Valve Magazine

Wed04162014

Last updateWed, 16 Apr 2014 1pm

The Expanding Network of Valves

The Expanding Network of Valves

As industry itself reaches into more and more area...

Valve Packing & Gasket Research and Development Devices

Valve Packing & Gasket Research and Development Devices

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Fire Protection Solutions

Fire Protection Solutions

Because of the potential harm and damage to people...

Understanding Functional Safety Standards

Understanding Functional Safety Standards

While many people might recognize the term “functi...

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Water Hammer—Check It Out

Have you ever been in an area of the plant that had just shut down a pump, only to hear an explosive sound a few seconds later? The noise you heard was the pump check valve, accompanied by the water hammer, or reverse flow, that slammed it shut.

Multiple pump systems often use a check valve located between the pump and the discharge header. The purpose of this valve is to prevent backflow from the header to the pump when it is not running. Without the check valve the pump could actually spin backwards.

Depending on the system pressure, these valves can close with such force that they damage the check valve, the pump, and over time even the pump base. Most check valves require reverse flow to close the valve and once this flow momentum has started, it does not stop as quickly as the check valve closes. The result is water hammer, a very destructive force. According to Webster's: Water hammer: a concussion, or sound of concussion, of moving water against the sides of a containing pipe or vessel.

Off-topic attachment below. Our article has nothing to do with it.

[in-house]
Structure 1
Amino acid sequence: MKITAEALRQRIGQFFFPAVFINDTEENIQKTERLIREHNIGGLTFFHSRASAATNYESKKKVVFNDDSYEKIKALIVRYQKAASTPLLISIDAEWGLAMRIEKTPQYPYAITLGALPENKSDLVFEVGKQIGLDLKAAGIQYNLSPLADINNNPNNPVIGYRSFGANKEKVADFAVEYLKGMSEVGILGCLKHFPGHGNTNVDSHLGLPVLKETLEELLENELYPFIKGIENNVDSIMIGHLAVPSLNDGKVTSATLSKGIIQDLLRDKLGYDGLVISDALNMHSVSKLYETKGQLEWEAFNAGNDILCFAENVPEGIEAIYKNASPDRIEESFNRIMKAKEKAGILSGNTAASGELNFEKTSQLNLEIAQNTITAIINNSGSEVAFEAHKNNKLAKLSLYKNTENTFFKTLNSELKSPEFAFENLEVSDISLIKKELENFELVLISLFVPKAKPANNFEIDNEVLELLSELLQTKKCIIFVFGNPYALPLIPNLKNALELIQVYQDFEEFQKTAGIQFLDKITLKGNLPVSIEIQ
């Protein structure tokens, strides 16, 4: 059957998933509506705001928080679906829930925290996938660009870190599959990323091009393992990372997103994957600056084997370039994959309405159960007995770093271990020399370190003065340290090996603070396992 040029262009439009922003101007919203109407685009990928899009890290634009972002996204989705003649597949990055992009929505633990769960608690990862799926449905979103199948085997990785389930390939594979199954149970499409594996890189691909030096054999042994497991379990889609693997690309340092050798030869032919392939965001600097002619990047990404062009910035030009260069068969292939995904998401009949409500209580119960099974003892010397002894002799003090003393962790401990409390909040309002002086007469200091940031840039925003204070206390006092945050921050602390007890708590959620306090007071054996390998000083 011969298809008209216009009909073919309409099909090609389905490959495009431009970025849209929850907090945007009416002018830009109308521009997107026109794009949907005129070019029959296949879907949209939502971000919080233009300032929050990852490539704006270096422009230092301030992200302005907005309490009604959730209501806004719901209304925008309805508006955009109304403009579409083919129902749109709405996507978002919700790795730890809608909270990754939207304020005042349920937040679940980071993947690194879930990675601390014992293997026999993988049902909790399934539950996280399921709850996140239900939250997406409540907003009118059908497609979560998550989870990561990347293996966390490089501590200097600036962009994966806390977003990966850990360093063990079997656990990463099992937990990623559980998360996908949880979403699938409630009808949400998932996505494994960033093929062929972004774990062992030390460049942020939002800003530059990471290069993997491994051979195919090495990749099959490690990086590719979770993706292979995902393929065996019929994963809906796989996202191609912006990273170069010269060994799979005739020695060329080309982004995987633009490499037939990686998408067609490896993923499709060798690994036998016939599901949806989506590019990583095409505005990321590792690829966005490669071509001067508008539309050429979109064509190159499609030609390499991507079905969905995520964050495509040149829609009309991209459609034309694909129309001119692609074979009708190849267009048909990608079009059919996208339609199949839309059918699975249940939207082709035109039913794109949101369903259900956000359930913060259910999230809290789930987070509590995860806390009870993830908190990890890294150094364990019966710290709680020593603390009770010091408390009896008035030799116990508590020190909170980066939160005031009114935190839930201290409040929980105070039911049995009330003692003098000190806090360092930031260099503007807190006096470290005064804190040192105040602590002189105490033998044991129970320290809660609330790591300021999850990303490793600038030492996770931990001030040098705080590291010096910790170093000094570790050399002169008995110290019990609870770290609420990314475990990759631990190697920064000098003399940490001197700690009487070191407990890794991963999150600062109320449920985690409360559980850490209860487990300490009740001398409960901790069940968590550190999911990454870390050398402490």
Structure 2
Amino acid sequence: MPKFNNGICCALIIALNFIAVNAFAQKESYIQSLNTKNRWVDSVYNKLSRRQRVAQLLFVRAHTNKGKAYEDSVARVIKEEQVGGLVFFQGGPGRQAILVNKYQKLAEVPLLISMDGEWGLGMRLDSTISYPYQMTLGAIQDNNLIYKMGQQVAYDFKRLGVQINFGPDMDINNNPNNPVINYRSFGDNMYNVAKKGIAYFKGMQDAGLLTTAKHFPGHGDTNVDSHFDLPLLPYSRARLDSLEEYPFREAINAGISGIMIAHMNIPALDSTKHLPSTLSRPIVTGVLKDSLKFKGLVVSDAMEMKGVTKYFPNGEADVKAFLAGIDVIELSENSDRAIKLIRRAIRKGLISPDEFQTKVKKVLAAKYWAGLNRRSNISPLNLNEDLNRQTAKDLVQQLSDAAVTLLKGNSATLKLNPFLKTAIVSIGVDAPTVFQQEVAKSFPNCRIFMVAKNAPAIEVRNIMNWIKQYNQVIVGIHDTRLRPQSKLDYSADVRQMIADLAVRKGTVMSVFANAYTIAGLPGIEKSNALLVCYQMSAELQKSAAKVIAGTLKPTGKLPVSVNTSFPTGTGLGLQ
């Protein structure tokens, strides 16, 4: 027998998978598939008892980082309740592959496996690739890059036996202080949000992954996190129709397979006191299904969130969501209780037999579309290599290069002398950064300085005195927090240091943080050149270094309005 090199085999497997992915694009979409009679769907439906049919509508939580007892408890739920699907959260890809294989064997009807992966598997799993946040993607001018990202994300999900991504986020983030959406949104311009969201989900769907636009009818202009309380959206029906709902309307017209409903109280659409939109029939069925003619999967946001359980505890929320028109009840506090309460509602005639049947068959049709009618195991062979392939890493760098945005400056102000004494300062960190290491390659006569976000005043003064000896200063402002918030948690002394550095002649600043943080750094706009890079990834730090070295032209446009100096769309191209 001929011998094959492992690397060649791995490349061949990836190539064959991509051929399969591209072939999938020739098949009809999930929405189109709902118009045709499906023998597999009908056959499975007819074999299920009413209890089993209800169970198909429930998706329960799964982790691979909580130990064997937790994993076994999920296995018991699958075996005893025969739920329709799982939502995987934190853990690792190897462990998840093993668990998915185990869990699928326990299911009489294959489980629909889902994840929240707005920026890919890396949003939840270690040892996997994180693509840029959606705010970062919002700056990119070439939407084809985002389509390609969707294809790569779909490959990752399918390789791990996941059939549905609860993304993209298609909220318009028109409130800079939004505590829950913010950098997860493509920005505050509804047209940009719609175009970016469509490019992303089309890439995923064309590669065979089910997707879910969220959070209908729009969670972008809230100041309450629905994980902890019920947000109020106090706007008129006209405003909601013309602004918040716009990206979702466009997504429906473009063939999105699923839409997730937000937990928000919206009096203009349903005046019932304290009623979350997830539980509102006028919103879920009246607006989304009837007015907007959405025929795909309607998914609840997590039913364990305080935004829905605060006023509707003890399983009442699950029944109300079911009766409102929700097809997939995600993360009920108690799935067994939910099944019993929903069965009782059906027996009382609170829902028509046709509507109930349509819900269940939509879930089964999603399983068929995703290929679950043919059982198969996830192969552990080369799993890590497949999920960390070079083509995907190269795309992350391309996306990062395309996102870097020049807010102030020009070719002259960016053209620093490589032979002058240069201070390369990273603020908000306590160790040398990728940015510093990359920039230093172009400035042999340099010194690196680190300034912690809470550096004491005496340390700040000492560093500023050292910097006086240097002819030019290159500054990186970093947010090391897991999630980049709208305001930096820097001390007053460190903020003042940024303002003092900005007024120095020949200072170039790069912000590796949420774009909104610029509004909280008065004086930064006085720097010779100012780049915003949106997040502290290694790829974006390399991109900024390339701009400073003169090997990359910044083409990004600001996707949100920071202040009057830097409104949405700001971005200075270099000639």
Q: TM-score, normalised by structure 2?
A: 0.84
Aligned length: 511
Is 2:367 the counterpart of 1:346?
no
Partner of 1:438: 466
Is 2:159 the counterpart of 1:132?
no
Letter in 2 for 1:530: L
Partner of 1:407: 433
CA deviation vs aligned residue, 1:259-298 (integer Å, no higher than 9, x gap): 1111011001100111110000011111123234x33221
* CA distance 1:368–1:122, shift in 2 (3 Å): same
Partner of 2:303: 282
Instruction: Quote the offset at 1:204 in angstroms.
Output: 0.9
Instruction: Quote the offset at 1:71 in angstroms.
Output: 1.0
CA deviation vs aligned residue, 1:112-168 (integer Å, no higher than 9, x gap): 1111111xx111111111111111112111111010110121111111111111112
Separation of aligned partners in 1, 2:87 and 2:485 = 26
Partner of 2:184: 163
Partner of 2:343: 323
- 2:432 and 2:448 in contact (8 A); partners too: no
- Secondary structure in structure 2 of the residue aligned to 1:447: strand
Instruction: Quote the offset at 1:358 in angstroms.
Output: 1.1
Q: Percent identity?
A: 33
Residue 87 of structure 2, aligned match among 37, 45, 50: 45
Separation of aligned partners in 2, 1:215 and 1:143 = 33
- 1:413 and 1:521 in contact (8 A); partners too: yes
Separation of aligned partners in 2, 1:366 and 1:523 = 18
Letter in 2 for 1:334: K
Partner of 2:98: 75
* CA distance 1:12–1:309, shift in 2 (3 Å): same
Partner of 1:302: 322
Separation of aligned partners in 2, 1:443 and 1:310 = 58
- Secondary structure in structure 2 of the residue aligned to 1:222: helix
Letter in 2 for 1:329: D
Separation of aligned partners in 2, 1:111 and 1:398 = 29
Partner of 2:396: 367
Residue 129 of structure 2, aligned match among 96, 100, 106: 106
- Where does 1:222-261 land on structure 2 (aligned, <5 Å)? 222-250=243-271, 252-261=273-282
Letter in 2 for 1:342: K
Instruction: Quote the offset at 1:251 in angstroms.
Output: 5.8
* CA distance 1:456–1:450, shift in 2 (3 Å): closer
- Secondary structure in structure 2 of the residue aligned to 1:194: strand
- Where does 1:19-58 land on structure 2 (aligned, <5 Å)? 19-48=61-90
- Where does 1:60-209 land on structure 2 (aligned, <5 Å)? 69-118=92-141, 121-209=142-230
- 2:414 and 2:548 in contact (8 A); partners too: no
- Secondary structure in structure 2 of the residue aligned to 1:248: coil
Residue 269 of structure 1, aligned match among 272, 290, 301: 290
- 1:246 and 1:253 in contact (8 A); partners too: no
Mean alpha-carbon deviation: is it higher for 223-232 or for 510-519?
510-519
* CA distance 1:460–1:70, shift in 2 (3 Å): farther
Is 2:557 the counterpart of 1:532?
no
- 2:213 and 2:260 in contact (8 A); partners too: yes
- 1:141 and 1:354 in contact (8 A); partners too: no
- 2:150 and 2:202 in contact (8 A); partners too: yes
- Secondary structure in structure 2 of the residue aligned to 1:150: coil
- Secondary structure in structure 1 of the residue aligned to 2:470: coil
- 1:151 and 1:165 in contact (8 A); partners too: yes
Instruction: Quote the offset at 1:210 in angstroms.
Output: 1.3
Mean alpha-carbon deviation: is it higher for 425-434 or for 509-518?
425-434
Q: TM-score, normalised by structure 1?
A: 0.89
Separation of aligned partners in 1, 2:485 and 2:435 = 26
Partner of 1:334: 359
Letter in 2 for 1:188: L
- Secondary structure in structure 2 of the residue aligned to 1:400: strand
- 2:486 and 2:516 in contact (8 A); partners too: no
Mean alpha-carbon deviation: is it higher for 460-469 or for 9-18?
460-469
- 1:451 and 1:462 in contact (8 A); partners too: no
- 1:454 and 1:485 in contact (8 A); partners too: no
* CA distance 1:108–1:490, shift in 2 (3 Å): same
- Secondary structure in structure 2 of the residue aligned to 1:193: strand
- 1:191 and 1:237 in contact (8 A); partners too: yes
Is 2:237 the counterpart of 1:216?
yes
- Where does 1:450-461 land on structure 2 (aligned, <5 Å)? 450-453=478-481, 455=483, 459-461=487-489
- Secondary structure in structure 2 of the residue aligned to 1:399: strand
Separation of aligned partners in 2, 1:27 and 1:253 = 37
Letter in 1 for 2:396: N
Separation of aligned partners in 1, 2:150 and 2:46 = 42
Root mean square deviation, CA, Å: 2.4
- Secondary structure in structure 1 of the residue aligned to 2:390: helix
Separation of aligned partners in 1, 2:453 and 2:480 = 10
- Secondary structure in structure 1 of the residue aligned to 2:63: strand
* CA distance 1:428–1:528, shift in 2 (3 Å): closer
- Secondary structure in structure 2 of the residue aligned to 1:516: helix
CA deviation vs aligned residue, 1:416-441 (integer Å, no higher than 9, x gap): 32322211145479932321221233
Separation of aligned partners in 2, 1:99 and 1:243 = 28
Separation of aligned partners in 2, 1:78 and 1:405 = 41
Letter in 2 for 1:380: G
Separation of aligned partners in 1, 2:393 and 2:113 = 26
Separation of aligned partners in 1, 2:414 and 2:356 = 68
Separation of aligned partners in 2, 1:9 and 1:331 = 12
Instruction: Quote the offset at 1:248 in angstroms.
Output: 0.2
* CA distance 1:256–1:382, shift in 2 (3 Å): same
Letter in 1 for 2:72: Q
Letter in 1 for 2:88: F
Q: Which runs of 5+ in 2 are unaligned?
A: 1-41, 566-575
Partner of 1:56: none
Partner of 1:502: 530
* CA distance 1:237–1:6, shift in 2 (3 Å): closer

We have seen many plants overcome these laws of physics with the use of an "auto check," also known as a "butterfly check." This concept utilizes a pneumatic-operated butterfly valve, and relatively simple control logic in order to close the valve automatically, prior to shutting down the pump. This action avoids reverse flow, so that the back flow and water hammer never have the chance to develop.

The valves for these applications are typically high-performance butterfly valves with a pneumatic actuator. Accessories include a limit switch and four-way pilot solenoid with two adjustable speed controls. The speed controls restrict the airflow out of the cylinder in both directions, thus regulating the opening and closing speed of the valve.

Control logic for the auto check is simple. When the pump is not pumping, the butterfly valve is closed. When the motor start command is received, either locally or from the PLC, the pump motor is energized. Pressure builds up on the pump side of the auto check valve. A differential pressure switch senses pressure differential between the newly started pump and the header past the auto check. At some predetermined point-such as 1 psi, .5 psi. or .25 psi-the delta p switch makes contact on pressure increase. The switch is sealed in by a relay and energizes the solenoid valve, which opens the butterfly valve smoothly, aided in part by the speed control valves. When the butterfly valve is totally open, a limit switch is tripped and sends a valve-open status to the PLC.

When the motor stop command is received, the pilot solenoid is de-energized and the valve closes at a controlled rate, again aided by the speed controls. When the valve is completely closed the limit switch is tripped, which in turn shuts off the pump motor. This action eliminates water hammer by preventing any back flow from occurring.

BRUCE FENWICK is in technical sales for McJunkin Corporation, Harvey IL. Reach him via 708.225.3120 or at This email address is being protected from spambots. You need JavaScript enabled to view it. .

 

Valve Magazine Digital Edition

14 wnt cover 160x214Inside the Winter 2014 issue…

• Compression Packing Friction
• Wireless Technology
• Purchasing Standards
• New EPA Concerns

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